We taught them to be kind, happy, smiley, to protect nature, to pick up litter after themselves (and others), and to finish things if they have already started them. They should love each other, they should not give up, because no soup is eaten as hot as it is cooked. And not to mock other people, because we are all very different.
They spent a lot of time outside, in the garden and the woods, in the sun, the wind, or the rain, playing with their peers, and returning home sweaty, soaked, muddy, hot, and happy. That’s how they slowly started to learn about the sport. Often, for lack of funds, we would go to the mountains or to small hills, which got on their nerves: “Oh, it’s the hills again!” Whenever we went, we reached our destination. And it was always beautiful.
Being positive, patient, and persistent as a wish come true
During primary school, they were enrolled in various clubs of their choice, but sometimes they would change after just a few weeks. We were both opposed to it. “Take it until the end of the school year, then you can change.”
And they did. They played football, basketball, orienteering, scouting, cycling, ballet, music … you name it. They stayed in some activities for one season, in others for several, and one of them is still cycling today.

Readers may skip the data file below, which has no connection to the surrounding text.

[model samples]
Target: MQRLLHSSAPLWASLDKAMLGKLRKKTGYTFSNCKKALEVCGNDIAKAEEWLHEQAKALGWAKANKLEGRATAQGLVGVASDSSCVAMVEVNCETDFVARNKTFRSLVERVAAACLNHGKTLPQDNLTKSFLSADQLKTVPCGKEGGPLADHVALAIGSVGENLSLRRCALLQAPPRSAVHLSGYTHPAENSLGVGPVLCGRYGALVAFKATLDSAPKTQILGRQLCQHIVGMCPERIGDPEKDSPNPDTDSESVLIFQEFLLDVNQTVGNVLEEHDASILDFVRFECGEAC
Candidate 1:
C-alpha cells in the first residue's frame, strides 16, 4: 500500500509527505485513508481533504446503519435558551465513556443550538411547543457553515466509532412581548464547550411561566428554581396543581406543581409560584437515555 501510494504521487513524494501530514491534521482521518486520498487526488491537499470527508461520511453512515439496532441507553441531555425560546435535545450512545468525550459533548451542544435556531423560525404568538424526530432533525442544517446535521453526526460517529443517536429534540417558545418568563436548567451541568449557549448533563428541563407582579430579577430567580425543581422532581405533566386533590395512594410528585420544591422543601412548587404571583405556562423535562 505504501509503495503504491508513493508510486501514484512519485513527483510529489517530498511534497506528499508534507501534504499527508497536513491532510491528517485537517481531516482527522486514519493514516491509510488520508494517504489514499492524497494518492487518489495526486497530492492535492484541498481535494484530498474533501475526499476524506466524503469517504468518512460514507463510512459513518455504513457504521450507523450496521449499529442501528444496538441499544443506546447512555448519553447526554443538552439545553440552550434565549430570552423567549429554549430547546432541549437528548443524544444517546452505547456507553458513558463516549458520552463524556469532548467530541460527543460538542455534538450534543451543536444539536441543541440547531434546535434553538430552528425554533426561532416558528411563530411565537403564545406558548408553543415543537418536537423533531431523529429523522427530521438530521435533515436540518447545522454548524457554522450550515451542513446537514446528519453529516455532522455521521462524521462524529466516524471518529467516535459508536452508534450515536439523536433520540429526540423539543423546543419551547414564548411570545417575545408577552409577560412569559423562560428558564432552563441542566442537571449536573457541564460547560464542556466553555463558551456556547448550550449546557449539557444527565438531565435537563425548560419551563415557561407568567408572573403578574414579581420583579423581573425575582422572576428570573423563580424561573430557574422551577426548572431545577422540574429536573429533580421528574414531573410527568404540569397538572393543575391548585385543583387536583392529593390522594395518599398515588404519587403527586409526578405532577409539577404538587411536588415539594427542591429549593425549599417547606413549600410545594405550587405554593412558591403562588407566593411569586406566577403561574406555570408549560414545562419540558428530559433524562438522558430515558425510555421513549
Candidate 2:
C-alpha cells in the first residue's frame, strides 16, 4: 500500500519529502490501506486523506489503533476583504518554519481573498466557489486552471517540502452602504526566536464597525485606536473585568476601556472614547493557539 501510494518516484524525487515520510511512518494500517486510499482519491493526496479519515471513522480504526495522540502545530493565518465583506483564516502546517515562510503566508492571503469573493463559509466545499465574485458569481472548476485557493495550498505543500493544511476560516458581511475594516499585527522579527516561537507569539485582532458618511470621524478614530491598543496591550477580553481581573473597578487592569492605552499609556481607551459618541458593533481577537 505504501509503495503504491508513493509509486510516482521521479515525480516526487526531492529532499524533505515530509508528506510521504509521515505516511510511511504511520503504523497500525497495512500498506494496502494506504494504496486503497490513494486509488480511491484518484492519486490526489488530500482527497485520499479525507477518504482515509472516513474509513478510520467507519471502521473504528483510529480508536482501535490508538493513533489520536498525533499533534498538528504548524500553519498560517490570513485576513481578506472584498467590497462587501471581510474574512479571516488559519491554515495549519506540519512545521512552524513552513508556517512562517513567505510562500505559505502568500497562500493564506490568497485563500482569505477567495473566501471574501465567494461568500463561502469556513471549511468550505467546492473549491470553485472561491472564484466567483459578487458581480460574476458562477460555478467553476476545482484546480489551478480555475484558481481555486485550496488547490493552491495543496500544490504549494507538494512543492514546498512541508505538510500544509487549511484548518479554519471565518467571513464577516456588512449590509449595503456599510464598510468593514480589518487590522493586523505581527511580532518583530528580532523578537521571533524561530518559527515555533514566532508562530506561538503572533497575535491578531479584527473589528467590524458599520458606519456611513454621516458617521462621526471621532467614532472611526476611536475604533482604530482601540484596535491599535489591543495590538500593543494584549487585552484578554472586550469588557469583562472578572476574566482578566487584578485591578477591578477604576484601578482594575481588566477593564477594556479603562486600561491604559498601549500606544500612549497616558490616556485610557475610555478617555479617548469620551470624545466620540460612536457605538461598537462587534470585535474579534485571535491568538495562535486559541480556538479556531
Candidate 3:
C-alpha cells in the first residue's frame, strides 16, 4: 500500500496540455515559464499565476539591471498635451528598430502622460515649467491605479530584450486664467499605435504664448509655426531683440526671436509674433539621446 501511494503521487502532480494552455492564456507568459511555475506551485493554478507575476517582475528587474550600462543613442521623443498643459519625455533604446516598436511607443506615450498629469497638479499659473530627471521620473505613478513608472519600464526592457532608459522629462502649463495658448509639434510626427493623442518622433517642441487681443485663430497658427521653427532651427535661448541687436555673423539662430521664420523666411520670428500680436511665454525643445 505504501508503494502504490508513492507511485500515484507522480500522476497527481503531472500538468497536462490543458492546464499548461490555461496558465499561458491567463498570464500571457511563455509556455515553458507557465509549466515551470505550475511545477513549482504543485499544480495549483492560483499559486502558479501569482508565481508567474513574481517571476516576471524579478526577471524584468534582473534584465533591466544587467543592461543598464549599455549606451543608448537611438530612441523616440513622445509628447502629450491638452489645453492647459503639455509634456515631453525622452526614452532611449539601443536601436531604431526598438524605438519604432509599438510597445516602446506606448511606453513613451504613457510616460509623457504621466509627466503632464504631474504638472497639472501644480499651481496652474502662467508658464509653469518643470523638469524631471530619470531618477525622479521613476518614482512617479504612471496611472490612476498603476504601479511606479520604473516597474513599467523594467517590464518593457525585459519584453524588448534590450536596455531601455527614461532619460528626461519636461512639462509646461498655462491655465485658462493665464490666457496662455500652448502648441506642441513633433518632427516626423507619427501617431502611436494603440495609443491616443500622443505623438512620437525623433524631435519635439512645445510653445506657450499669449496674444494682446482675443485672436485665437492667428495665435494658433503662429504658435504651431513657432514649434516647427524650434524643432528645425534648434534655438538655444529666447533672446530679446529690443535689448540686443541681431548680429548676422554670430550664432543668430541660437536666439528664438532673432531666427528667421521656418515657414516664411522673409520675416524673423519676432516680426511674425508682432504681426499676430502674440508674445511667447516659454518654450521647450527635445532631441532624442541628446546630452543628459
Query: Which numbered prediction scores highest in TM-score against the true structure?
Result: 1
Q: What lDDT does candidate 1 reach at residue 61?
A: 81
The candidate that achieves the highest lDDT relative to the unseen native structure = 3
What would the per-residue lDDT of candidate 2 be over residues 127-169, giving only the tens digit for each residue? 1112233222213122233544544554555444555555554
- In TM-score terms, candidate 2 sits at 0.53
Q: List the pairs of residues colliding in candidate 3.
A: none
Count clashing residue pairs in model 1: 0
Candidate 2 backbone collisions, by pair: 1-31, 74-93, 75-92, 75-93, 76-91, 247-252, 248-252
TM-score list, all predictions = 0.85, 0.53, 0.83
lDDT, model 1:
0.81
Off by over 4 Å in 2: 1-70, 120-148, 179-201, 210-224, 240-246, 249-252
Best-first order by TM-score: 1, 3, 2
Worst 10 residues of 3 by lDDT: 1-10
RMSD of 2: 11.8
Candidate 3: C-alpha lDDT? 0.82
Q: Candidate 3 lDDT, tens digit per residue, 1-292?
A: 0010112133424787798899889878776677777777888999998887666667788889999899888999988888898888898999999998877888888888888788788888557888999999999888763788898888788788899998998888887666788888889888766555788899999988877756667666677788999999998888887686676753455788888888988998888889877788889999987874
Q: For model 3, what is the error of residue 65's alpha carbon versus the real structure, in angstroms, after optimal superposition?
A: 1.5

They got smartphones late because we think they do more harm than good for a child growing up. For many, such thinking is outdated, from the Middle Ages, or at least from the era of Dekle Ančke written by Finžgar, Grivarjevi otroci by Bevko, or Samorastniki by Prežihov Voranc. The computer is now a necessity for the school system, but its use must be limited.
Sometimes it is very difficult for parents to stick to their principles, but if we help children with the smallest obstacles from the start, how will they be able to overcome the harder and bigger ones when we are not there? In life, we have to fight again and again, and sport certainly helps us to do that. The motto that Tadej has taken as his own: “Never give up and never give in!” says a lot about education too.”